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    It seems like it would have been easier for him to have the charge expunged.
    Don't believe what you hear and only half of what you see!
    -Tony Soprano

  9. #24
    Senior Member Array DPro.40's Avatar
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    Quote Originally Posted by suntzu View Post
    In reply to this:

    You seem to equate folks that smoke pot as folks that will spend theri last dime on it. Just not true. I noticed you phrased your post as an opinion...just trying to make you more informed I am pretty sure a ;ot of "stoners" can afford what ever they want.

    And I was also comparing "stoners" to alcoholics, not in the legal sense, but as far as how much money they spend on booz and pot. The alcoholic is much more likely to pawn a gun or something to buy booze than a "stoner". Also, satying away from what is legal and what is not. Alcoholics brain chemistry get out of whack even when not drunk. If they do not get their booze and go into withdrawal they can get erratic. It just irks me when folks dog people that smoke pot from an ethical point of view but think getting bombed is just hunky dory. Just sober up and you are just fine to carry a gun(all of those not aimed at you )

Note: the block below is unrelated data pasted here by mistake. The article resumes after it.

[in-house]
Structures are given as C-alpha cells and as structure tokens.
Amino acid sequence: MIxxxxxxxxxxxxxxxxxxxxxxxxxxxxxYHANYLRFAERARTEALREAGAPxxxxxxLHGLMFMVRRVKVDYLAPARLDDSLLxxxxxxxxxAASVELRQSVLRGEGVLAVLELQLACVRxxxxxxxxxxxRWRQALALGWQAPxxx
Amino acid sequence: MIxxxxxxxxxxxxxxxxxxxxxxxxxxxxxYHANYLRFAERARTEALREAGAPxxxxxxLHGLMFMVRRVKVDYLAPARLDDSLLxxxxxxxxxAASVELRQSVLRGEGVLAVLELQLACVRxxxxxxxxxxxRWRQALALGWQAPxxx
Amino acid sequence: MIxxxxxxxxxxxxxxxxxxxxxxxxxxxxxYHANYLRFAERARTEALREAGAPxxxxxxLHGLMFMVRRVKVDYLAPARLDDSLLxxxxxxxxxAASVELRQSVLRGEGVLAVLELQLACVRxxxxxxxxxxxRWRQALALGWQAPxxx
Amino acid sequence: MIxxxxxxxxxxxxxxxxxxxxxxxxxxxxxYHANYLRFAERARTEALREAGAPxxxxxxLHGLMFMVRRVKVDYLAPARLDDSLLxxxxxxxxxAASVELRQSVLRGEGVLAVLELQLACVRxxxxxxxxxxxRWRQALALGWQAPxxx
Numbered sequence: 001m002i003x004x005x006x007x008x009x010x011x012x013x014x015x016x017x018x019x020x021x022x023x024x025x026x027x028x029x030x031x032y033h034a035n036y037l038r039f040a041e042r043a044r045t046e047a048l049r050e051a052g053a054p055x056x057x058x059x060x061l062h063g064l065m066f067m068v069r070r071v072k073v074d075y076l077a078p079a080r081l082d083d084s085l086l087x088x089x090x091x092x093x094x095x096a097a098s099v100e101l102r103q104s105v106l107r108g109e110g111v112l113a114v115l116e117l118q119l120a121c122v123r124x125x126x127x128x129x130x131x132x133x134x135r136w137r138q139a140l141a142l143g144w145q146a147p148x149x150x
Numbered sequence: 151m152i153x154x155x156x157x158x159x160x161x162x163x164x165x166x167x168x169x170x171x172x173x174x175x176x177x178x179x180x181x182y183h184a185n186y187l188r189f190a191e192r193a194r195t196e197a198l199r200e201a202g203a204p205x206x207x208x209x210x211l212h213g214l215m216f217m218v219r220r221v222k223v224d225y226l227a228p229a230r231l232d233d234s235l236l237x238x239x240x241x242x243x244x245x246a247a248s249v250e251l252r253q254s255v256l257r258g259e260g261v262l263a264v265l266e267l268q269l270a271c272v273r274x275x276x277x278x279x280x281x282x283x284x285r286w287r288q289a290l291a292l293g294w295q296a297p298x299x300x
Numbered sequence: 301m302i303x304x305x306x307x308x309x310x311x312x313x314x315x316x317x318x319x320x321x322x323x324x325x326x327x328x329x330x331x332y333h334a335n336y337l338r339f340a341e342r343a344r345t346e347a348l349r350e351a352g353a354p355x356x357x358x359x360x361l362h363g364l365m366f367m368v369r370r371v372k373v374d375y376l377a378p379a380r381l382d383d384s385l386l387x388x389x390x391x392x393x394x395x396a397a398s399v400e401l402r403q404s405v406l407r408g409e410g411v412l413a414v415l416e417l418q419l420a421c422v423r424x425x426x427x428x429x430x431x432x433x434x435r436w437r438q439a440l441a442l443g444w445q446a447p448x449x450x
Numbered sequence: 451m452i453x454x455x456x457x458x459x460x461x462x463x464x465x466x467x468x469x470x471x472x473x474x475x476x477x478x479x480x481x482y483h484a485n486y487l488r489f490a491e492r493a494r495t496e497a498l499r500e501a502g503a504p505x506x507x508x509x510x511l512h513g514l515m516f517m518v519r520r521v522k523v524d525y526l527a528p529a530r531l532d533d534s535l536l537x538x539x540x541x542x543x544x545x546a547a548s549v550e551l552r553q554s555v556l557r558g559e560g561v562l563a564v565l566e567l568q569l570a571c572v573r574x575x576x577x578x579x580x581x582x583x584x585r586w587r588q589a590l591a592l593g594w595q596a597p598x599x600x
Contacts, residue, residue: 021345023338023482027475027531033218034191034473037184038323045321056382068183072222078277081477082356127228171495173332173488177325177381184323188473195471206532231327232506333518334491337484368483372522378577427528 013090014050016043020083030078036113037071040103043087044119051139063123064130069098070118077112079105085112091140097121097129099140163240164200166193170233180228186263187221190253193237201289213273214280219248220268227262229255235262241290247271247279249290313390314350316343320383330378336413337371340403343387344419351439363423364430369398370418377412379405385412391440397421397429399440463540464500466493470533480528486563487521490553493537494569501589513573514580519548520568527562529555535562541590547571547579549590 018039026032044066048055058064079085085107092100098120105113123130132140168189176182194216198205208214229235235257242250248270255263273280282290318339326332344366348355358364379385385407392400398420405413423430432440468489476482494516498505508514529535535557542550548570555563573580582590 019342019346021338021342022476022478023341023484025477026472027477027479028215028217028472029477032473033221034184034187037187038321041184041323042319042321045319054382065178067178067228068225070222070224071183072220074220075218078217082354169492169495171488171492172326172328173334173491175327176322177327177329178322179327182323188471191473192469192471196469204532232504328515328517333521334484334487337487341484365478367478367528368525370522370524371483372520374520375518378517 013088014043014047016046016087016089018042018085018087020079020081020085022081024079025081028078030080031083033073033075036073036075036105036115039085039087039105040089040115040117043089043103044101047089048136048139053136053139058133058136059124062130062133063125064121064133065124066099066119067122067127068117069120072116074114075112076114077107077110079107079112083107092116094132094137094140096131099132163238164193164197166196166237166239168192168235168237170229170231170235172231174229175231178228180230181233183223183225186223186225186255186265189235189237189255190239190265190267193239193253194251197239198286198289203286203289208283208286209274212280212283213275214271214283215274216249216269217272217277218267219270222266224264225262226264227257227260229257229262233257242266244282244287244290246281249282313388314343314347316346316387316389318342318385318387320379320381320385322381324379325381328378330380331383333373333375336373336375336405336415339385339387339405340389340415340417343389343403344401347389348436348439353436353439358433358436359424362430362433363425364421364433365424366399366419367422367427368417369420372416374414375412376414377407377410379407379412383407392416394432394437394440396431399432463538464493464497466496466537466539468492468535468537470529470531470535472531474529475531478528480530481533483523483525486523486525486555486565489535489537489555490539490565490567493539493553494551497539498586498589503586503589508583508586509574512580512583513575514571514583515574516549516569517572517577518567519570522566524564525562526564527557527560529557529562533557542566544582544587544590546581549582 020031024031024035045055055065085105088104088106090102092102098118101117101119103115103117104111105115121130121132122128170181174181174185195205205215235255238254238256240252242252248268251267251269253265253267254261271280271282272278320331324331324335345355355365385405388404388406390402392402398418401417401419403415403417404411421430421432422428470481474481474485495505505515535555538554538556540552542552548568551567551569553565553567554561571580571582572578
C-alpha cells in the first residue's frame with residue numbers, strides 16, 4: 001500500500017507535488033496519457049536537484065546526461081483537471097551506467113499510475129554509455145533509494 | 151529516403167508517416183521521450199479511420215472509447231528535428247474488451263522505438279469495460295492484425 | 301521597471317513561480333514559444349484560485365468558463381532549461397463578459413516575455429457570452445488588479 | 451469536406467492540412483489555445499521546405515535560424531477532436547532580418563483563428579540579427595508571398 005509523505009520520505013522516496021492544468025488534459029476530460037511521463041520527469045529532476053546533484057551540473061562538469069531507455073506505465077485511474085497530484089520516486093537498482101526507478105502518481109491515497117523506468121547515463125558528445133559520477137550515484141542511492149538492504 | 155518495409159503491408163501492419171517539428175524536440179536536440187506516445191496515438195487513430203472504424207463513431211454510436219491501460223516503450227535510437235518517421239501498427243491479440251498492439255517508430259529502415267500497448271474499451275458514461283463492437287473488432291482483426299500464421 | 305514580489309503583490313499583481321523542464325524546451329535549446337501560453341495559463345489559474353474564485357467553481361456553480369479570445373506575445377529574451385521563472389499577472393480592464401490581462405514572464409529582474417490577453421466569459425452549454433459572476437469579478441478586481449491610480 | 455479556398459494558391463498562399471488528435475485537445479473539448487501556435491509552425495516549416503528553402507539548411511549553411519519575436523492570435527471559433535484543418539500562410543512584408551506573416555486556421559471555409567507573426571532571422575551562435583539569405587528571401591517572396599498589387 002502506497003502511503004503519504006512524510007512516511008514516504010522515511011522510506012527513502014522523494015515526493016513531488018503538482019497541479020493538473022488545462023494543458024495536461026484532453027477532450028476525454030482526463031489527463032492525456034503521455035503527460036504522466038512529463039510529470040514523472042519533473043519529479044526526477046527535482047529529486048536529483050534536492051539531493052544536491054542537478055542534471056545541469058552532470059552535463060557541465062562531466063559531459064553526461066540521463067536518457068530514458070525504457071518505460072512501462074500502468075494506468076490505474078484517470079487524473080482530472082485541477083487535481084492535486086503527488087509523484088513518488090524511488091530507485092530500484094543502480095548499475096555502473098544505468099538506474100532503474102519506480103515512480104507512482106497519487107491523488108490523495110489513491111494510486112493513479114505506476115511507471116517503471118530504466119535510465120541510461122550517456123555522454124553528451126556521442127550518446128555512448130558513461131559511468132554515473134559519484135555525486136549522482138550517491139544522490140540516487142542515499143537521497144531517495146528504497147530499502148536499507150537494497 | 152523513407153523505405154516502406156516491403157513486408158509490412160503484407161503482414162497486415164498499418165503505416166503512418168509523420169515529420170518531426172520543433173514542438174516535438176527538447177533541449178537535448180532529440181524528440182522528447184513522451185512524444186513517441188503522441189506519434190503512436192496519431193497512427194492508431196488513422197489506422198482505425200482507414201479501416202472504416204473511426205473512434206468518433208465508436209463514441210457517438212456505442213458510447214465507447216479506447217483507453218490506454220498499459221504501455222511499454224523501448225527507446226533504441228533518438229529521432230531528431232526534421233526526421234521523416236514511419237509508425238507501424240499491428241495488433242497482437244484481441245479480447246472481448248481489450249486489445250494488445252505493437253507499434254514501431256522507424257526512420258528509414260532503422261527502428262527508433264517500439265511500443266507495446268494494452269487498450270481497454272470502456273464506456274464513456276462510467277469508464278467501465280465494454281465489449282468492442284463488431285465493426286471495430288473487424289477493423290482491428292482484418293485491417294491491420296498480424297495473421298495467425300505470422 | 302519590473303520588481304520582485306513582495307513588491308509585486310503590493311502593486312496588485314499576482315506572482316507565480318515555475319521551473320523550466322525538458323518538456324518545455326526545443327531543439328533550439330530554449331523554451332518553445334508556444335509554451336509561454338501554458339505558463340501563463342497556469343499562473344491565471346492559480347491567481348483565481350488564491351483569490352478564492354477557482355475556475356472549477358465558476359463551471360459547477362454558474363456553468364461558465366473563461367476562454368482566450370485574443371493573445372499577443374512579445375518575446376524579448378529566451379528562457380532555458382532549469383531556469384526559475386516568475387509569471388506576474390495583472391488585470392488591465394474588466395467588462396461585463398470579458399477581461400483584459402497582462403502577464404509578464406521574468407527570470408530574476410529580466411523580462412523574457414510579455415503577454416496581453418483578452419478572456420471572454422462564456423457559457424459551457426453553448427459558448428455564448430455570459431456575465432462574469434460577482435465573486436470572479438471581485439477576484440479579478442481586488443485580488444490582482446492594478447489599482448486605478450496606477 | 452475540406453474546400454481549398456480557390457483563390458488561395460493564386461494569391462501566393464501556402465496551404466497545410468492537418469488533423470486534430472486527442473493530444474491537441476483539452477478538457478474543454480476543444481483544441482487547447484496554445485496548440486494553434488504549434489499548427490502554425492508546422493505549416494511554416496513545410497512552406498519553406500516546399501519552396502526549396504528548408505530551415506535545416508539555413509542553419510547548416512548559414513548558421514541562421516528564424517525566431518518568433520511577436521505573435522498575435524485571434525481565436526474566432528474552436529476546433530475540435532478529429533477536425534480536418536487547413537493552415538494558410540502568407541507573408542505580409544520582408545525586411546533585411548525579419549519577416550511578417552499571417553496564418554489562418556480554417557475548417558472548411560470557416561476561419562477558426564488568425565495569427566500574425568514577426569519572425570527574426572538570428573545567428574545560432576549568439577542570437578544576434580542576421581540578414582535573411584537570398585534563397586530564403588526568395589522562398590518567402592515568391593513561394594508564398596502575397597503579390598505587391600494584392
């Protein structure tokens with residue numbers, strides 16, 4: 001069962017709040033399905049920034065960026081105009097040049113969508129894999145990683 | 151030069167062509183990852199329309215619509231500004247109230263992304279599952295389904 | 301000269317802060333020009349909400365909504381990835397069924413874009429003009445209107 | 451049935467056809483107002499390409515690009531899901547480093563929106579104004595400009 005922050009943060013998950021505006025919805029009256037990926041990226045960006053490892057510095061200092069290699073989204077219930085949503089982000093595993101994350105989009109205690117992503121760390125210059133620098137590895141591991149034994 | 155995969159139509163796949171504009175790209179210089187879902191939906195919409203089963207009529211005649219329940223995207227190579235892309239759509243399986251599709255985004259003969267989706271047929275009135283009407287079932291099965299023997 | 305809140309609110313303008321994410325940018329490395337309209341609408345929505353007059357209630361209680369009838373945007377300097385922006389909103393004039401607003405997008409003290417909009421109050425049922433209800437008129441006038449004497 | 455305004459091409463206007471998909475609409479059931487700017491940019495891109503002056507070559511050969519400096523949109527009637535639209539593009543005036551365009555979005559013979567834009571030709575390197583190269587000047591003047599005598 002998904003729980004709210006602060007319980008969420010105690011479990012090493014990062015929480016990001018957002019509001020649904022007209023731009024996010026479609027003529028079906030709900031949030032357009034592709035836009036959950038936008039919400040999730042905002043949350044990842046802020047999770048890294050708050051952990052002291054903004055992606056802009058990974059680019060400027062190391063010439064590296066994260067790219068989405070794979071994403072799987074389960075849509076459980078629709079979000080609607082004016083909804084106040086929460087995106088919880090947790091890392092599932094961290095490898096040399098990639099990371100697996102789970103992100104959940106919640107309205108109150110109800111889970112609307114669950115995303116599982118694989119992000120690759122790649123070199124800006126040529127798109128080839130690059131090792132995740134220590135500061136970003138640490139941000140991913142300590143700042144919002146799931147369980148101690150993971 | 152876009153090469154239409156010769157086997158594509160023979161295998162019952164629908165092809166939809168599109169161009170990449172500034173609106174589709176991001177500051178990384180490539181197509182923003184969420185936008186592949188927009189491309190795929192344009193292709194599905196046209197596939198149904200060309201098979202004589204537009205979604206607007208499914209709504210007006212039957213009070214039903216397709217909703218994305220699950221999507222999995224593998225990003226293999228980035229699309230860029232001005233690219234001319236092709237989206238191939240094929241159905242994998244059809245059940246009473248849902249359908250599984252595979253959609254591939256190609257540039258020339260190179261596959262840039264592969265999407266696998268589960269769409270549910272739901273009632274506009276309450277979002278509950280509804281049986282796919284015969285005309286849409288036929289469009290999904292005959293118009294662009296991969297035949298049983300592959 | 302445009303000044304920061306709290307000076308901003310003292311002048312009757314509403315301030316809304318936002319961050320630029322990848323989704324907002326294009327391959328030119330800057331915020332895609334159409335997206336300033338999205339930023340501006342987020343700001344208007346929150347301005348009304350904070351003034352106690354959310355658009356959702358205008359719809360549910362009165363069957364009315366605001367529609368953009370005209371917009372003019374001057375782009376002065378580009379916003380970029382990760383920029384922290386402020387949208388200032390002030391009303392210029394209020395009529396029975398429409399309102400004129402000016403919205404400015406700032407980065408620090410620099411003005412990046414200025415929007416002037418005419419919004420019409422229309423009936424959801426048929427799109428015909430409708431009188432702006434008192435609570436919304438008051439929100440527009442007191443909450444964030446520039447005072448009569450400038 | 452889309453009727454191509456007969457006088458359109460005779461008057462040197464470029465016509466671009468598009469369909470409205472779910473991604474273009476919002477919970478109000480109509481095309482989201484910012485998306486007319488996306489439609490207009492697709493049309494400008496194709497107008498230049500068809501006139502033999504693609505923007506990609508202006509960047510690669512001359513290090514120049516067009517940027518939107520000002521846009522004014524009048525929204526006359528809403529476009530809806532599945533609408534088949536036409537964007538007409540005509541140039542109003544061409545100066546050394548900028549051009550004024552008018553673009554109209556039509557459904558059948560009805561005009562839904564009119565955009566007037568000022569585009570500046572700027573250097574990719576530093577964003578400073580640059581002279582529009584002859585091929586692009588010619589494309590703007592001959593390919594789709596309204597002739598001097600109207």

I appreciate the update. I suppose any opinion could be supported by how functional the user may be and the economic class one may support a habit. One with a higher income could split a bag of dope/bottle of booze with a 9mm while the lower tax bracket may choose the dope/bottle of Booze if only could afford one choice.. I suppose it's not impossible to have functional chemically dependent users who still maintains functional incomes at least for the time being. Please note that alchol is also a chemical so i refer to both alchol and drug users as chemical dependents. Can't say it's a comforting thought of the impaired with the tool to make an instant decision to pull the trigger or not. I don't believe the subject/ individual of the artical encountered this issue. Or at least it wasn't documented they were dependent on anything. In my opinion they just made a mistake at 18. We all have made mistakes. Not all of them legal issues. This shouldn't affect his rights as a gun owner. If habitual then I say yes. Loose the right unless you've demonstrated recovery. Im ok with that. its a disease not a moral issue. I do believe some dependent people don't like it any more that the people affected by it... Thus AA/NA. As far a pawning off property..who is more likely do do it.. I have no supporting documentation to made a definitive statement. I don't believe that matters. If you do I'd like to read up on it. Also, the drug of choice is just that and not revelent. Chemically dependent is chemically dependent. If your dependent on a drug then the need to maintain the level to prevent withdraw is is same. An addicted brain is an addicted brain. I'm not dogging pot smoker over drinkers. I don't condone either. I remember one guy that I worked with several years ago died from alcohol related physical problems. We were all surprised and we didn't even know he drank.. His daughter revealed we may not have known as we just didn't have a comparrison as we never saw him draw a sober breath. I lost my Mom when I was 10 to Alchol. I have encountered some education as to what makes them tick and it irks me too when people think at daily pot smokers aren't addicted just because they haven't encountered any problems yet. They just haven't gotten caught yet. I do agree that Symptoms of Alcholism are more apparent and devastating than pot. Reason.. Alchol has what know as a shorter half life and is water solvable so it breaks down faster that the opiate based pot. Need to drink more to maintain the level of comfortability thus making the symptoms more apparent Possession is still illegal least we forget. How many times do you need to get busted before it becomes a problem. How many times do you get your utilities cut off or don't eat because you bought a bag of pot/bottle of booze instead. How many times did they drive impared and not get caught. Just because you don't get caught doesn't mean it's not an issue. Do I have first had knowledge of the devastating affects of dependency ? Unfortunionally i do. I had to live with it at a very impressionabl age. That why i dont do it and dont condone it. It's the only disease known to man that allows those affected to believe they don't have a problem and its everyone else's fault they are having problems. Reaction is quite different. A doctor tells your a chemical dependent and the patient tells the doctor their crazy. A doctor tells someone they have cancer they ask, Doc what do I do, I'll do anything you say. Enough said